What abou mean time between failure (MTBF)... A commenter on the article remarked on this. The experimental MTBF indicates significantly longer lifetimes, but may have been in a read-heavy environment. Indeed, write endurance may be a concern, but at 100k-300k write cycles that would still mean 20+ years before failure. Of course, then there was this SSD failure debacle. I've had a compact flash card in a camera fail on me within a month, and there isn't a chance for recovery before failure.
Shock resistance 1500G/0.5 ms vs 300G/2.0 ms and 160G/1.0 ms.
I'm looking for input on what your home and/or small business backup strategy is.
What? You don't have one? Well, mine has been spotty at best.
I originally bought my Dell XPS desktop as a "Scratch & Dent" machine. It has a RAID controller, but only came with a 250 GB hard drive, and the RAID software reported back that the RAID volume was degraded (because it was missing the second drive of the volume). I eventually replaced the hard drive with two 500 GB hard drives, and opted not to enable RAID 0 or 1 for those two. Unfortunately, I didn't enable mirroring RAID, but fortunately, I didn't enable RAID 0, or 1 TB of data would be lost now.
My boot drive (which of course, houses all of the pictures, iTunes "imported" music, etc. in the My Documents folder) died this morning. This was not the classic slow death that I'm used on older drives with slower spindle speeds. This drive now sounds like a chainsaw.
I originally created the boot drive by using Symantec Ghost to resize the original 250 GB drive to a 500 GB drive, so I have that old backup still available. In addition, I just refreshed the backup of my pictures to the 2nd drive, otherwise, those would be about a year out of date.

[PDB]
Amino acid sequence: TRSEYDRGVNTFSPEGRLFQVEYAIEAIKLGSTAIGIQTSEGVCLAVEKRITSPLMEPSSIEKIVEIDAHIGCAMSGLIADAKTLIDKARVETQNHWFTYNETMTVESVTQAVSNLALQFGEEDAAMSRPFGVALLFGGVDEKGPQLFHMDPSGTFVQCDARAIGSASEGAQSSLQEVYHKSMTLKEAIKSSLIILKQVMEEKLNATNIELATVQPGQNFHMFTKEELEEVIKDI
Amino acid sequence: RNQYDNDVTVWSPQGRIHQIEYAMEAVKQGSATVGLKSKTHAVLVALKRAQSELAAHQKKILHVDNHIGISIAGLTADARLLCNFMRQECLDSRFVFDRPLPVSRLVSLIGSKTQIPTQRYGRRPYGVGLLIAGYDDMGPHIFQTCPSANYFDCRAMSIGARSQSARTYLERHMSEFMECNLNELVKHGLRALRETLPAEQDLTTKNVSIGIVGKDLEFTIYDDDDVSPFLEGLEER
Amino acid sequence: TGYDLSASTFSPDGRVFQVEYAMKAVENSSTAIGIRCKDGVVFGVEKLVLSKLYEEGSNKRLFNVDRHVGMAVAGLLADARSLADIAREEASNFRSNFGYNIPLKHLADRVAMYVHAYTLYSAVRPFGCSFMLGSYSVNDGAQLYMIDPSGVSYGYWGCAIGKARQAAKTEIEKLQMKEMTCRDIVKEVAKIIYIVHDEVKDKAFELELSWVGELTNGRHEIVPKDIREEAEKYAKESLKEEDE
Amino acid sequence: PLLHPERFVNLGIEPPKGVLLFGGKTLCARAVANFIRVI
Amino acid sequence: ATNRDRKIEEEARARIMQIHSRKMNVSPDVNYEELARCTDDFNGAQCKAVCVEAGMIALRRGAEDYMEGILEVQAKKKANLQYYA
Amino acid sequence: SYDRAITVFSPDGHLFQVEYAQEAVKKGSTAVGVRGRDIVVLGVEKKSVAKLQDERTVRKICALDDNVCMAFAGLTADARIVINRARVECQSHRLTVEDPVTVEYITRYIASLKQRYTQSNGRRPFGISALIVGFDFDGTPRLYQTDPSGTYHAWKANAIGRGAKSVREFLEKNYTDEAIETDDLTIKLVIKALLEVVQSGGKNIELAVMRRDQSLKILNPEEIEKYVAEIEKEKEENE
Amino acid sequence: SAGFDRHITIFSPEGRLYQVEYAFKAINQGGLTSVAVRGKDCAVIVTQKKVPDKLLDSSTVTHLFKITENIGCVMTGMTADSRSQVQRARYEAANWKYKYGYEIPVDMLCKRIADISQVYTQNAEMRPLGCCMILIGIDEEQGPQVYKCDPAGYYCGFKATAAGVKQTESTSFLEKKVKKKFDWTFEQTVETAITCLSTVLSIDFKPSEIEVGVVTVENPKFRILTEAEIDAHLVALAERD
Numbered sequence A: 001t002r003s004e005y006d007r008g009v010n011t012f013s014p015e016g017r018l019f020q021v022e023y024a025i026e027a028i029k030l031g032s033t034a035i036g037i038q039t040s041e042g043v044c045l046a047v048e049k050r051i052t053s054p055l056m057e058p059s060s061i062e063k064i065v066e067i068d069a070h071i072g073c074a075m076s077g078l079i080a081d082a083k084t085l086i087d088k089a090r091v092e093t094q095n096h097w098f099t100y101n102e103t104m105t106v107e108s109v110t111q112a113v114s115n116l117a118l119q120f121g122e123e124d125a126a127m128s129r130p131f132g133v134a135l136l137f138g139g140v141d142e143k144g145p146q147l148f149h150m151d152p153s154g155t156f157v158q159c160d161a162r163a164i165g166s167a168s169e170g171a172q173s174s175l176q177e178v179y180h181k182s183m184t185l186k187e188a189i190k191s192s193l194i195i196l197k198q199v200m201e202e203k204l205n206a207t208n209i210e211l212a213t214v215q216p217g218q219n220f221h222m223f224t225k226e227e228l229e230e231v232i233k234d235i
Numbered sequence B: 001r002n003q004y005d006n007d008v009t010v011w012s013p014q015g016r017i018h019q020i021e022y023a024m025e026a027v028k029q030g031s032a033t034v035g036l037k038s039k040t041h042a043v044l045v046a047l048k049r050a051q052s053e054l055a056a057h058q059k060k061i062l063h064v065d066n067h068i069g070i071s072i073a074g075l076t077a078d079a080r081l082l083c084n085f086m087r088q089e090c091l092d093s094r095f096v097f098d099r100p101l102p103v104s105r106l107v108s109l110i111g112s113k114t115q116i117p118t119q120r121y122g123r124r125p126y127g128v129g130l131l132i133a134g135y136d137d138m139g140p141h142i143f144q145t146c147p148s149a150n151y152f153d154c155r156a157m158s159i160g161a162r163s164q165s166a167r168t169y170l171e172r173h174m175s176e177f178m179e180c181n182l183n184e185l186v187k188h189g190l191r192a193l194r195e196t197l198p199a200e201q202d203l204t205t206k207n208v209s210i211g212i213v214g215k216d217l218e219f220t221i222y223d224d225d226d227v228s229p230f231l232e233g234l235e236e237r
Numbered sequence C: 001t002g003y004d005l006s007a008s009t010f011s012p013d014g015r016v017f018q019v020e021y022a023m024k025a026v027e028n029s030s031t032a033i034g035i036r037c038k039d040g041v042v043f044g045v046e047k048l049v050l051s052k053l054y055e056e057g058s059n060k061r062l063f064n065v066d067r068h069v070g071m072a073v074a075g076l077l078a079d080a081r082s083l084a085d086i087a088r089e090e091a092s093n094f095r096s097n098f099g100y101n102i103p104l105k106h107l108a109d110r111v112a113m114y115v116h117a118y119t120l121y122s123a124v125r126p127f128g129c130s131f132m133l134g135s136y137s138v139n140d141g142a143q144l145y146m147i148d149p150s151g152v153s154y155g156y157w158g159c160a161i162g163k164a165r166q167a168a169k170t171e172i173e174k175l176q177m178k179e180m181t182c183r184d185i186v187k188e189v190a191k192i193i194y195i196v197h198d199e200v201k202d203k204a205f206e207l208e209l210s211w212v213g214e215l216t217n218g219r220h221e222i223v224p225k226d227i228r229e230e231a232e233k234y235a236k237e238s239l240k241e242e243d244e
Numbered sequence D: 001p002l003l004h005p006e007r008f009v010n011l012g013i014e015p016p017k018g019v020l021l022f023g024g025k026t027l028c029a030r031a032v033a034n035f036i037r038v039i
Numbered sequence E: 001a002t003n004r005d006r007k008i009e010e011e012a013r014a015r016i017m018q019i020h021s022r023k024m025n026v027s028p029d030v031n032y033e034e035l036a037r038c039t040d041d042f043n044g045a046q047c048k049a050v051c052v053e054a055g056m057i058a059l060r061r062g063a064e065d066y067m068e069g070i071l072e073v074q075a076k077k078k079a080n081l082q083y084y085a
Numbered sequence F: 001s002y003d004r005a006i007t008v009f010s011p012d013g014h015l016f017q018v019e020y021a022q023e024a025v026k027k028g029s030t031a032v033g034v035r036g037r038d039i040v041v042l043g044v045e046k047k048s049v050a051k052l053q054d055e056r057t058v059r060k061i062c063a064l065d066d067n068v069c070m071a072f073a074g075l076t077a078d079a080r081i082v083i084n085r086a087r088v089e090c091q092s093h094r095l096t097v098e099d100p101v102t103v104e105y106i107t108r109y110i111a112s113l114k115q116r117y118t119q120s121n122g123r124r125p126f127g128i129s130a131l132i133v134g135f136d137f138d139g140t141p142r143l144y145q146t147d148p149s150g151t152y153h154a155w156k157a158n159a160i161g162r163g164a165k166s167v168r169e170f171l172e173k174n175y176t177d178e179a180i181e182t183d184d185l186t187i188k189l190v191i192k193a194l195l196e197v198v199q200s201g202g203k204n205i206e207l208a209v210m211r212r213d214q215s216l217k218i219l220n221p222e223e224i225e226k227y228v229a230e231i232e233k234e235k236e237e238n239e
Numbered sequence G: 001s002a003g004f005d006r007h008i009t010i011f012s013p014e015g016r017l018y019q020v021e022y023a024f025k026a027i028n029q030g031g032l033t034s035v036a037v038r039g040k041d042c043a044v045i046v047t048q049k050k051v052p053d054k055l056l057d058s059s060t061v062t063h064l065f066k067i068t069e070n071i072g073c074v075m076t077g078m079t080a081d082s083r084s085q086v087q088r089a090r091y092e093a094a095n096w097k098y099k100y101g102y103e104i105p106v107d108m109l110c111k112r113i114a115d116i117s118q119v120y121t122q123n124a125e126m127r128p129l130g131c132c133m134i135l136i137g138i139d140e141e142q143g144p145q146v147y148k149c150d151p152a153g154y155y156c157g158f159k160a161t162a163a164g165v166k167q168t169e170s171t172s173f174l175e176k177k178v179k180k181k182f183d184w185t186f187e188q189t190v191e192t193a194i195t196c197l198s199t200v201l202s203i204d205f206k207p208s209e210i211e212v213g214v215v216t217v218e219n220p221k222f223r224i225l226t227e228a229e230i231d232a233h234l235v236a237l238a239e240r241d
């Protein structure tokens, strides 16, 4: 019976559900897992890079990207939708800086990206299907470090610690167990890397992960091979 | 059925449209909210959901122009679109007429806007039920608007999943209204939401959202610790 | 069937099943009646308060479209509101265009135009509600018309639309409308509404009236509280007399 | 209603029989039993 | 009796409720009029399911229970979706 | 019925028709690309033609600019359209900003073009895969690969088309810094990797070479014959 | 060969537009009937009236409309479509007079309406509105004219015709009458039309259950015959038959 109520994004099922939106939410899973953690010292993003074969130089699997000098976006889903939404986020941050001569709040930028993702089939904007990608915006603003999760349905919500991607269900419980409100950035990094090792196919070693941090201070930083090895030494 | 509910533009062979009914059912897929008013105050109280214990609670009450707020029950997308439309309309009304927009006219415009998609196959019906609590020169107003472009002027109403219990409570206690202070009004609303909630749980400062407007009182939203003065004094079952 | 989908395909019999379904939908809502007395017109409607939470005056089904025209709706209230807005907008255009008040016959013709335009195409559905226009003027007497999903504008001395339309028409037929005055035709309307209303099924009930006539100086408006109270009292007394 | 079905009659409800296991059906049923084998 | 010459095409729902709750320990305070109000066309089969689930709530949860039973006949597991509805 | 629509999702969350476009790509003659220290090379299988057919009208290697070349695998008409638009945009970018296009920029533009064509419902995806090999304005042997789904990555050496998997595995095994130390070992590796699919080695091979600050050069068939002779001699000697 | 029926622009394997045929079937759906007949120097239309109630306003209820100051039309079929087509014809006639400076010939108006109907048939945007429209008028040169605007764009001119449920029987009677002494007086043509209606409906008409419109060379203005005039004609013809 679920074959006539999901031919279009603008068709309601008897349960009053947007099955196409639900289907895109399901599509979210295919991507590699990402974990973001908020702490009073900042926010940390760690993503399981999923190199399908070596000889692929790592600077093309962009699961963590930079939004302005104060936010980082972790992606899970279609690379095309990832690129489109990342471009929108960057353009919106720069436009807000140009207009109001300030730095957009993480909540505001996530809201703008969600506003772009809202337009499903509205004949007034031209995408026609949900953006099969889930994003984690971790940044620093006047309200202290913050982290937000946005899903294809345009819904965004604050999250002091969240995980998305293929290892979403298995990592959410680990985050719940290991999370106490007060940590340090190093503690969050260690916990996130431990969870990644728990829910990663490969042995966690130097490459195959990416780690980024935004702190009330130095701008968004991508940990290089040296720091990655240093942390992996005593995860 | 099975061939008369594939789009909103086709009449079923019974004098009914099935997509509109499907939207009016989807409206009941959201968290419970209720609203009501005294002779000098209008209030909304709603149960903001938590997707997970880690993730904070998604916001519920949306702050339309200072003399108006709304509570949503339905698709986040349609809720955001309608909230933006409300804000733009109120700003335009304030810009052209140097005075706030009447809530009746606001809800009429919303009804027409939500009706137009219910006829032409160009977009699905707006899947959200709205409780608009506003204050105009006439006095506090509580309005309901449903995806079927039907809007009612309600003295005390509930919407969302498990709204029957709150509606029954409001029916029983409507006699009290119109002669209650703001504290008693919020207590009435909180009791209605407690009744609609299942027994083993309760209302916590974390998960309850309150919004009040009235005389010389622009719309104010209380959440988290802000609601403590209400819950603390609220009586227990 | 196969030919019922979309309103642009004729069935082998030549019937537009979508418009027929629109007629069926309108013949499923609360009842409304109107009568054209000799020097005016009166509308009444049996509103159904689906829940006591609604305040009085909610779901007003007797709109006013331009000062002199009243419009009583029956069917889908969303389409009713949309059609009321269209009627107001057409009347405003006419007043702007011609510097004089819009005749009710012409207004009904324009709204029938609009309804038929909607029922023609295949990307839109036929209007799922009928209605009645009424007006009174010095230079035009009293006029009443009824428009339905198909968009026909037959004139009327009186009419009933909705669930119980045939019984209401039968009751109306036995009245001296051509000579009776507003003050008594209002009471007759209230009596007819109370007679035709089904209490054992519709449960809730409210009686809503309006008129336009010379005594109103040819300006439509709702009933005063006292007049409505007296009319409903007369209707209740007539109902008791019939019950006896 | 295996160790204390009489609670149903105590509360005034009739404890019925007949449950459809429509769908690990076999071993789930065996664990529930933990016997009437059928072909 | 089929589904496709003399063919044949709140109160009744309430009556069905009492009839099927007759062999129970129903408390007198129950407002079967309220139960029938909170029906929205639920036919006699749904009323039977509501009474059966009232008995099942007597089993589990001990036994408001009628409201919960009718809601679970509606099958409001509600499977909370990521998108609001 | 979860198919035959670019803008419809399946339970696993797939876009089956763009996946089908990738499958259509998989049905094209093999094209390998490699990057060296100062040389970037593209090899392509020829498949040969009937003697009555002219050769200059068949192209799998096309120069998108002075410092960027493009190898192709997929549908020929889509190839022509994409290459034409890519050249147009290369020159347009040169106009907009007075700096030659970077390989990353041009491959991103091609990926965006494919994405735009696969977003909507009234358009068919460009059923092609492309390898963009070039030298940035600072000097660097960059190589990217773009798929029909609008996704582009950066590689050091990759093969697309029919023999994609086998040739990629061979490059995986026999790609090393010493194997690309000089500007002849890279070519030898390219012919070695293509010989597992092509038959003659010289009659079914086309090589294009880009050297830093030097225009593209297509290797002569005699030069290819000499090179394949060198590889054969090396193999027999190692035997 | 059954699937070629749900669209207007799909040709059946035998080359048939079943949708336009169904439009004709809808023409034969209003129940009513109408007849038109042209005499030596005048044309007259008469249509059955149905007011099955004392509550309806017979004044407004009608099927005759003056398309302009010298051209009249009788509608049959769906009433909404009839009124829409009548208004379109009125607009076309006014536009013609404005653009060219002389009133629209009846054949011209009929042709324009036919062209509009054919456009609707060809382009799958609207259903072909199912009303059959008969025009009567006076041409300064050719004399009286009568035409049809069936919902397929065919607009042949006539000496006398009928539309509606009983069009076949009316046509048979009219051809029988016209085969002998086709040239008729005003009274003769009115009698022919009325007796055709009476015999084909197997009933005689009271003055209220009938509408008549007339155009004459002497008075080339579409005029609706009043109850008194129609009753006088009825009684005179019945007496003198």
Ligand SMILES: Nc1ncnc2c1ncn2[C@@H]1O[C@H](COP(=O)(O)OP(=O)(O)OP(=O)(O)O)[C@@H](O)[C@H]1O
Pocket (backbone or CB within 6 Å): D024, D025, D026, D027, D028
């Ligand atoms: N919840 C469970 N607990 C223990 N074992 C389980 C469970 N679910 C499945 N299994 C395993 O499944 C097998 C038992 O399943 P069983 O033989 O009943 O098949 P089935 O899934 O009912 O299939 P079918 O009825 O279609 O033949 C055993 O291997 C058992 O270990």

My prior backup experiences:
Backup pictures to DVD+/-RW using Nero, copying directory structures to backup so that the DVDs would be usable as standalone discs.
Backup pictures to DVD+/-RW using Nero or other backup software, using disc spanning and propriety backup formats.
Backup pictures to USB 2.5" HD
Backup music and pictures to the shared drive of a wirelessly networked PC that is used for little else.
Symantec Ghost backups for dying drive recovery and backup.
I now own a 1 TB USB drive for backup purposes, but I'm torn between Ghost managed backups, Ghost images, or some non-proprietary format for my backup solution.
Imagine the applications for carrying 500GB-2TB of data in a form smaller than your little finger’s fingernail. To me, up until now, desktop-scale SSD storage has meant 2.5” hard drive form factor magnitude.
Imagine the implications to:
The netbook/sub-notebook evolution - the MacBook Air suddenly looks like a luggable?
The evolution of smartphones - Savvy users may be able to have them as desktop replacements.
Optical media - Why would you ever wait 30 minutes to burn a DVD-DL again?
The entertainment industry
200-1000 exact copies of DVDs could be stored on a single disc. Good luck detecting a microSD in Customs.
High Quality HD Video Cameras could be the size of a small point-and-shoot camera. YouTube becomes small potatoes compared to the amateur filmmakers whose hobbyist movies start competing with professionally produced movies.
The software industry
How much damage could a virtually undetectable 500GB drive connected to the network do?
How much damage could a misplaced 500GB drive the size of a fingernail do?
The power consumption of such small drives could make current SSDs look like power hogs.
On a personal level, I'm just as intrigued at the possibility of exFAT/FAT64 being introduced as the file system for removable storage. FAT32 does not make for good removable storage once you get to the 2-4 GB range. If you have several small files, they quickly eat up space on disk, despite not taking up even a 1/4th of the actual space. I'm also hopeful that exFAT will have better support outside of Windows than NTFS.